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Does Gödel's theorem imply that there are questions about the universe, or about mathematics, whose answers we can never learn? Are these questions at least comprehensible to us?

Note that this seems like a category error: mathematics is not physics, and building models of the universe is independent of mathematical theorems about soundness and consistency. Physicists (and humans in general) constantly use a self-contradictory patchwork of abstractions to make sense of the world. Yes, really.

If you want to investigate whether "there are questions about the universe... whose answers we can never learn", then you need to focus on learning. Specifically, a model of the universe an embedded agent has is a lossy compression of the "reality", so the question to ask would be "what kind of possible worlds compatible with observations would limit the extent of useful lossy compression?" Here is an example: most lossy image/sound and data compression algorithms are based on Digital Cosine Transform. At some point as the required compression degree gets too high, say, because we want so many details to be compressed in the number of bits that fit into the human brain, the compression fidelity might become unacceptably low, hitting the limits of our understanding, even in principle.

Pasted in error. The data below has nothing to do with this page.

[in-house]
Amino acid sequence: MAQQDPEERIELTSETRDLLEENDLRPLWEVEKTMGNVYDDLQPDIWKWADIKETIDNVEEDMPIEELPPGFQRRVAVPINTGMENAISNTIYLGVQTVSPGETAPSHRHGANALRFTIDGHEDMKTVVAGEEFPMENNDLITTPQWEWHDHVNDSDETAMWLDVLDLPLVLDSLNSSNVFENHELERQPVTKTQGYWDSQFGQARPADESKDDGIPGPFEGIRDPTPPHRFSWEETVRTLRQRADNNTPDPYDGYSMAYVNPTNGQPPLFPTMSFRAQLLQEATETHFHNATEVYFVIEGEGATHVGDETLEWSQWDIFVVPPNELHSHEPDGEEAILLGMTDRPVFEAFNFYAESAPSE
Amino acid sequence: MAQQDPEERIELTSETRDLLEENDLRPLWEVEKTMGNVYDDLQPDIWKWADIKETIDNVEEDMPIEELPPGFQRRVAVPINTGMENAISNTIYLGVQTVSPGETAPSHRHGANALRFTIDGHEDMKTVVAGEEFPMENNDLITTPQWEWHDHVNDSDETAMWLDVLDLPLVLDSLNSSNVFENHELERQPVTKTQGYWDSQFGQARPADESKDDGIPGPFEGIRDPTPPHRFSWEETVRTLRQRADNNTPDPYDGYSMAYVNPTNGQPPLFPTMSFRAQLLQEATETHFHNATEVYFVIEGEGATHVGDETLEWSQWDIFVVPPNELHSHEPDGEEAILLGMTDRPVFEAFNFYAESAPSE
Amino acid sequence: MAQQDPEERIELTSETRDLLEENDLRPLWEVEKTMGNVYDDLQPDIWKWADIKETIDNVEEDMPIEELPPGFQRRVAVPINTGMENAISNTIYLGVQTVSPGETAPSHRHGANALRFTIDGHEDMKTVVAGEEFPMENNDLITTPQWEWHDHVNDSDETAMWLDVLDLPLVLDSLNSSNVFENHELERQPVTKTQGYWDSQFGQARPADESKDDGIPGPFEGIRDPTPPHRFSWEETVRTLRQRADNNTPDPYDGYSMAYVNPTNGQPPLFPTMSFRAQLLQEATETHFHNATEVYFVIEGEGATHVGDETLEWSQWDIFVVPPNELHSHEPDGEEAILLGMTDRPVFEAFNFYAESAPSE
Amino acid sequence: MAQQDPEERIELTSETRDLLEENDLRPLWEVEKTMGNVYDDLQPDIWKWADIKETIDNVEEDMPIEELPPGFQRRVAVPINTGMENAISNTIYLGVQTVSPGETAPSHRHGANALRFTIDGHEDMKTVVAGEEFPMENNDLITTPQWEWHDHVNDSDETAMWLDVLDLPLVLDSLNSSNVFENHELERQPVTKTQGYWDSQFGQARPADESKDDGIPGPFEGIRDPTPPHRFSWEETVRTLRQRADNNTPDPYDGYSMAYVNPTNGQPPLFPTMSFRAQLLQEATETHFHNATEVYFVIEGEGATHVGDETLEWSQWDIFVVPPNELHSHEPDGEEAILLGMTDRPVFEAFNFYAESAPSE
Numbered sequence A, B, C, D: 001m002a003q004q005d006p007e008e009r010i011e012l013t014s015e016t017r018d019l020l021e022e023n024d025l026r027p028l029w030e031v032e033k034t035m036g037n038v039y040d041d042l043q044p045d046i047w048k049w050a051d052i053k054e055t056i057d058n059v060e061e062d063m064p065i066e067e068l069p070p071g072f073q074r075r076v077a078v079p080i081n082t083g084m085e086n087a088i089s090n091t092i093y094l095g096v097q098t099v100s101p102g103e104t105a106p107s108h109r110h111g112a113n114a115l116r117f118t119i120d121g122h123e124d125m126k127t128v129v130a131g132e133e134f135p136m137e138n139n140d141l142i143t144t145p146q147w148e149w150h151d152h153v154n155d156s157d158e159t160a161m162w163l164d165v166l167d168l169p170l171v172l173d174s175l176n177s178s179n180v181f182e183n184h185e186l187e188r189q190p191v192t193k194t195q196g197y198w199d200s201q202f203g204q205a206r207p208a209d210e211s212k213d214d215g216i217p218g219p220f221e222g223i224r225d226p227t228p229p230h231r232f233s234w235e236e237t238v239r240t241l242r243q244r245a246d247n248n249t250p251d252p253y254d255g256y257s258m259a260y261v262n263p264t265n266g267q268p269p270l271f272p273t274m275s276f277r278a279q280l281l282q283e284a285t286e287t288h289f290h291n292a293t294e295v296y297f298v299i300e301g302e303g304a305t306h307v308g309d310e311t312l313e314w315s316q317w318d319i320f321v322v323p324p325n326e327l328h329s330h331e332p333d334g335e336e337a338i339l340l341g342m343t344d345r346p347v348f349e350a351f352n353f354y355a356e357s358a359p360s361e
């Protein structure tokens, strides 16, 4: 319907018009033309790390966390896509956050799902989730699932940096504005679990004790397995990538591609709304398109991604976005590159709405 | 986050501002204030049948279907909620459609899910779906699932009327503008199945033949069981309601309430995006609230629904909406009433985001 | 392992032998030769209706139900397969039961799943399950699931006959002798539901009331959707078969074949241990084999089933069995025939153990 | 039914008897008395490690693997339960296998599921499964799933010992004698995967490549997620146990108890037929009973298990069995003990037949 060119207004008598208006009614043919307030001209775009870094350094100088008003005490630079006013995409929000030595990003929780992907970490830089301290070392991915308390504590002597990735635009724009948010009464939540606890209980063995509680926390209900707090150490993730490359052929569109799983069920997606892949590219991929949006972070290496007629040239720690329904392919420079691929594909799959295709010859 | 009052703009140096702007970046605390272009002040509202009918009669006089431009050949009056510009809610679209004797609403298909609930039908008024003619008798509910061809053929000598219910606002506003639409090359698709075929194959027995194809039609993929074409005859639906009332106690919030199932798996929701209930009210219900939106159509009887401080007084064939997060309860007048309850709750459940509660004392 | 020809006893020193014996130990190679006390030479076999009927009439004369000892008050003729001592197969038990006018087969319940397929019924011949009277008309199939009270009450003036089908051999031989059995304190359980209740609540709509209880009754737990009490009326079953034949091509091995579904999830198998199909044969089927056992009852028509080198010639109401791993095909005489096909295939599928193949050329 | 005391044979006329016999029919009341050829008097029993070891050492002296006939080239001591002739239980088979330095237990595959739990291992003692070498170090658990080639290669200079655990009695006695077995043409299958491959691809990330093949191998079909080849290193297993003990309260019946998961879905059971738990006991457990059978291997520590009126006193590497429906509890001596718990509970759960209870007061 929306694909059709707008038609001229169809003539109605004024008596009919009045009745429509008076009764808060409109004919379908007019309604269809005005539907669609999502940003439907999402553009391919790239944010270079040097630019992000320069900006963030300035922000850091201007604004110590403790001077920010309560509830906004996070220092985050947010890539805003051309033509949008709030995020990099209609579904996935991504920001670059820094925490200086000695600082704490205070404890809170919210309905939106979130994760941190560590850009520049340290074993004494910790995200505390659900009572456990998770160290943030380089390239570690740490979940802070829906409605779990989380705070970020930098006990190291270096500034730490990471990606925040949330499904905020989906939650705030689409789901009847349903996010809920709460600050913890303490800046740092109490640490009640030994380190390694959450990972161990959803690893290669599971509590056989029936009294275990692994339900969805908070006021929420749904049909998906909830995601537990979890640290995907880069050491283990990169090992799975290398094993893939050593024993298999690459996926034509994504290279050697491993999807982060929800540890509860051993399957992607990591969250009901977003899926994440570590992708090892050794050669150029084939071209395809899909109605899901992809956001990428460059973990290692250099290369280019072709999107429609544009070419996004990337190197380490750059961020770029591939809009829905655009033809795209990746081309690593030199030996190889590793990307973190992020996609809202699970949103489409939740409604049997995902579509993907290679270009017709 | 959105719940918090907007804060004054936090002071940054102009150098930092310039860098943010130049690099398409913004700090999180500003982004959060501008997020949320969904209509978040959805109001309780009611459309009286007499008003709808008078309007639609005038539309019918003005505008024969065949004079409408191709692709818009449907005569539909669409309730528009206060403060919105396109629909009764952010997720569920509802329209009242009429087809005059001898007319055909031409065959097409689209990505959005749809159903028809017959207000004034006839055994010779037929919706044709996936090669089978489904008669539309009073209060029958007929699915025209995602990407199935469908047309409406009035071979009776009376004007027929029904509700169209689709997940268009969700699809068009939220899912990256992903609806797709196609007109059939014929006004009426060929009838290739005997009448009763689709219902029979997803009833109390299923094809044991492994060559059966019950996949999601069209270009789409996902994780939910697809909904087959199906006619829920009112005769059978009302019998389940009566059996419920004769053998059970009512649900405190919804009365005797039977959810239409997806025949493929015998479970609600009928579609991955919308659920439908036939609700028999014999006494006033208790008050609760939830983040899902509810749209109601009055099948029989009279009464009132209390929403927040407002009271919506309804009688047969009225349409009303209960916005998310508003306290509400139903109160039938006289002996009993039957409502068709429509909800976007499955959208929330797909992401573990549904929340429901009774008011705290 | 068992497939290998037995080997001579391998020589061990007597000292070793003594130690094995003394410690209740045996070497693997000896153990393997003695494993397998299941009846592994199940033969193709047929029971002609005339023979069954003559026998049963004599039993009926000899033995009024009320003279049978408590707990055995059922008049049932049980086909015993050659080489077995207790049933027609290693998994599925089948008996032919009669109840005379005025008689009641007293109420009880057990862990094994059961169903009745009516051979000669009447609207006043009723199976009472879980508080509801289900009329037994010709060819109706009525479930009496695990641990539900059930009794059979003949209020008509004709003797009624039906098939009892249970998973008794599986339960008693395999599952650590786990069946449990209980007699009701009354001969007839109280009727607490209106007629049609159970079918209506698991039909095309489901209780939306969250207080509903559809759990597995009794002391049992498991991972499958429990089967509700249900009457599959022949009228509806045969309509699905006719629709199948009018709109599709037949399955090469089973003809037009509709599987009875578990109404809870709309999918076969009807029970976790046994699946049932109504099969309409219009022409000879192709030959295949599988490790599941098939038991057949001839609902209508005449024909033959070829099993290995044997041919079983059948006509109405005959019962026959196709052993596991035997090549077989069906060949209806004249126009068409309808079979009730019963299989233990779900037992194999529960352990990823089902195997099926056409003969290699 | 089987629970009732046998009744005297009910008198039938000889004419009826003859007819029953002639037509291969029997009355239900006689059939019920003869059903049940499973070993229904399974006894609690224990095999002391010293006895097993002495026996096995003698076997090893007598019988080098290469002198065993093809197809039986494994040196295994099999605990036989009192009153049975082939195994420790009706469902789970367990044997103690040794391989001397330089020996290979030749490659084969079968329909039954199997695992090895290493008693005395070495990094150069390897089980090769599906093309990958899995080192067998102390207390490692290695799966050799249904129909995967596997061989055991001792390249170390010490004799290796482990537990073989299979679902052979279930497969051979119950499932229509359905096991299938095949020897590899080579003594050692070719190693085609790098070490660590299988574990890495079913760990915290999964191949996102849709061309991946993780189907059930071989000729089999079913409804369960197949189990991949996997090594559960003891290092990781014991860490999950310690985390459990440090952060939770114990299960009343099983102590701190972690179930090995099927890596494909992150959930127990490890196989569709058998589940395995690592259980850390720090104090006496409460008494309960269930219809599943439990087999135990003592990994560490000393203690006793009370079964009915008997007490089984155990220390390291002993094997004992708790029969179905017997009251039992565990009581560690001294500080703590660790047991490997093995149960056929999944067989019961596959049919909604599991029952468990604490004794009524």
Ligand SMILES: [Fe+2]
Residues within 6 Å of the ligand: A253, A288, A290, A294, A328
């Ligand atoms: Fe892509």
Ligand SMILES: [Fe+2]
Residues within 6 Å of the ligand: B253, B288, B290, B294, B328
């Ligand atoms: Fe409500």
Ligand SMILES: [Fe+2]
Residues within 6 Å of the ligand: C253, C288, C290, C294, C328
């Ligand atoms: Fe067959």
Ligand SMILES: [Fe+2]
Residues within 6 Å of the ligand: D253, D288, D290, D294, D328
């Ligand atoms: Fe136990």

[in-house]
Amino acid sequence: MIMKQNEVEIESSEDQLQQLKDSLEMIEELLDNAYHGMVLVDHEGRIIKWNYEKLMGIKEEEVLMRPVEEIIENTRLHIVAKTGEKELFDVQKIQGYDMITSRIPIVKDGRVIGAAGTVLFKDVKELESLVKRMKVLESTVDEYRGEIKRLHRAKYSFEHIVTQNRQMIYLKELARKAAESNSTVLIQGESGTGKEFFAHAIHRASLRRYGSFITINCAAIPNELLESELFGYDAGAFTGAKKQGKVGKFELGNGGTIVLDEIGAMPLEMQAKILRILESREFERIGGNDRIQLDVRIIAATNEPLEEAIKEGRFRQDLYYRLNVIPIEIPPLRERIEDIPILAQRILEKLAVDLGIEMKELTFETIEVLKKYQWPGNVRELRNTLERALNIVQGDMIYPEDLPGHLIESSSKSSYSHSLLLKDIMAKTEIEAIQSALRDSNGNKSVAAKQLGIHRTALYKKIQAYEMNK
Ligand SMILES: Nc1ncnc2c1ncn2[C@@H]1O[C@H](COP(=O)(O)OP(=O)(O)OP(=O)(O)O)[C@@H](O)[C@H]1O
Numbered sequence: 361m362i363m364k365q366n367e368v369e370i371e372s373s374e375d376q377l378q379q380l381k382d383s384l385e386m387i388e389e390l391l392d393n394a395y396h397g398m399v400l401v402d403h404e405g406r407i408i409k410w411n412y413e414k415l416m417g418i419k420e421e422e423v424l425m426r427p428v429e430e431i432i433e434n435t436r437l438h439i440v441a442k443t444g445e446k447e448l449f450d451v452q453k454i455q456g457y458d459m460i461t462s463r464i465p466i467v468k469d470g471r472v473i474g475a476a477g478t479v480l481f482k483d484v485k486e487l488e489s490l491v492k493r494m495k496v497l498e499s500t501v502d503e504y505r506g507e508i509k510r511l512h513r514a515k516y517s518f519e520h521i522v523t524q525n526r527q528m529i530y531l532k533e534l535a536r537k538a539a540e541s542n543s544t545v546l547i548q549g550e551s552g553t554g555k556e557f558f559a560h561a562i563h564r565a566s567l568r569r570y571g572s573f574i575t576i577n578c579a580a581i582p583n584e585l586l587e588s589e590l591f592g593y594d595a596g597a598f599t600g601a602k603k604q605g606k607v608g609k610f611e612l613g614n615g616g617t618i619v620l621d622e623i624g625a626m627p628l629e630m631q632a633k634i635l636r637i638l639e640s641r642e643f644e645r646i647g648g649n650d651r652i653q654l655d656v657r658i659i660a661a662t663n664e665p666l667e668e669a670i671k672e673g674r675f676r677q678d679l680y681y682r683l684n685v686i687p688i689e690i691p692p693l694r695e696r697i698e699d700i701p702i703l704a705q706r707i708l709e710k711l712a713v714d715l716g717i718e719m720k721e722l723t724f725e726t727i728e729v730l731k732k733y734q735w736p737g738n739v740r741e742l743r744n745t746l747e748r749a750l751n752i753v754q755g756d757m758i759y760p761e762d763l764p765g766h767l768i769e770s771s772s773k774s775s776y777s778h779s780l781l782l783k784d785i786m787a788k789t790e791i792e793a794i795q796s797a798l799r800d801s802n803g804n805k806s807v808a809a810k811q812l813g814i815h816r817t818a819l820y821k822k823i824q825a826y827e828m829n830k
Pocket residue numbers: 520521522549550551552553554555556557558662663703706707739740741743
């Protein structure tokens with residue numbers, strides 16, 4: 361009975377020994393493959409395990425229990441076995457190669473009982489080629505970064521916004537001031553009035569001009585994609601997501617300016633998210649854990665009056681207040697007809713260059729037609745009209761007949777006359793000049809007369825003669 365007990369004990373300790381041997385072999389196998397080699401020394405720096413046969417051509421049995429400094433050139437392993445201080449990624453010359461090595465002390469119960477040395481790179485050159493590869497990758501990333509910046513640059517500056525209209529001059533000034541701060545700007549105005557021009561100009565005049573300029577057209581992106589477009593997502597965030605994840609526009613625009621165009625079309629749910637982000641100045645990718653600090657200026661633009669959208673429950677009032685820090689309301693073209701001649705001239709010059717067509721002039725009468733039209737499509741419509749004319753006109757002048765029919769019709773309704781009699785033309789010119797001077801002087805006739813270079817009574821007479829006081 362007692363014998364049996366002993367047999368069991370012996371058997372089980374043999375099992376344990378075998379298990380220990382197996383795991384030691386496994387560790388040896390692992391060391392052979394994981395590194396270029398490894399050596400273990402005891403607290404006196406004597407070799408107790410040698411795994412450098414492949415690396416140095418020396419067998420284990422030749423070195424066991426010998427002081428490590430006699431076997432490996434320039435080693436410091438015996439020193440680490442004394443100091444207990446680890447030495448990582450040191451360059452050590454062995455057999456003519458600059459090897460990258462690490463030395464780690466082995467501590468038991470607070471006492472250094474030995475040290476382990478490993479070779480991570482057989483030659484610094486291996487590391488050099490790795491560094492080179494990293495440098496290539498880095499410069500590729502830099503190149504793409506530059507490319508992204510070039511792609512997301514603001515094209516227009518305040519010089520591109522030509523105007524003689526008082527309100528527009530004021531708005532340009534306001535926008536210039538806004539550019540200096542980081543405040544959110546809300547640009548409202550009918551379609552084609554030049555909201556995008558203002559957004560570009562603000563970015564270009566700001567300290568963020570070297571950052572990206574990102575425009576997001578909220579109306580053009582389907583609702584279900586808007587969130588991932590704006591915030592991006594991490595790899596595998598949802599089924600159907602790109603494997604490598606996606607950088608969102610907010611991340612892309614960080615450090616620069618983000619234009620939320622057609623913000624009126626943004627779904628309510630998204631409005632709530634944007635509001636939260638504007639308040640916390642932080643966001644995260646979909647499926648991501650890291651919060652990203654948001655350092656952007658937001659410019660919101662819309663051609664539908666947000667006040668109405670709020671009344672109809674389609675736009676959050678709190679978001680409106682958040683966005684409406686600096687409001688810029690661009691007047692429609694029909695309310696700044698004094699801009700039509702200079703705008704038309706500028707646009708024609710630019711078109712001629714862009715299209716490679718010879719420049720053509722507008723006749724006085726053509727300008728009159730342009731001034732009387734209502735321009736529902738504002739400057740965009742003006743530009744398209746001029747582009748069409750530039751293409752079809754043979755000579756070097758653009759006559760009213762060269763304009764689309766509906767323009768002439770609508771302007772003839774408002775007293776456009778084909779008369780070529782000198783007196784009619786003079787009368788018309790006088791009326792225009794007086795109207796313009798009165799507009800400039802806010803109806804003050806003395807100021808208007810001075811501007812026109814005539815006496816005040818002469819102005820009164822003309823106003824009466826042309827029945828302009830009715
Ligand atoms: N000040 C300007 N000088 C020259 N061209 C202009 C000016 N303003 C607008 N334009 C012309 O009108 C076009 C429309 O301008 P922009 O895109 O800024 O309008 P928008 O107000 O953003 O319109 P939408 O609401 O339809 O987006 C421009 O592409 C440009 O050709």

You sort of hint at this approach with your mention of empiricism, there is no need to worry about the Loeb obstacle at all.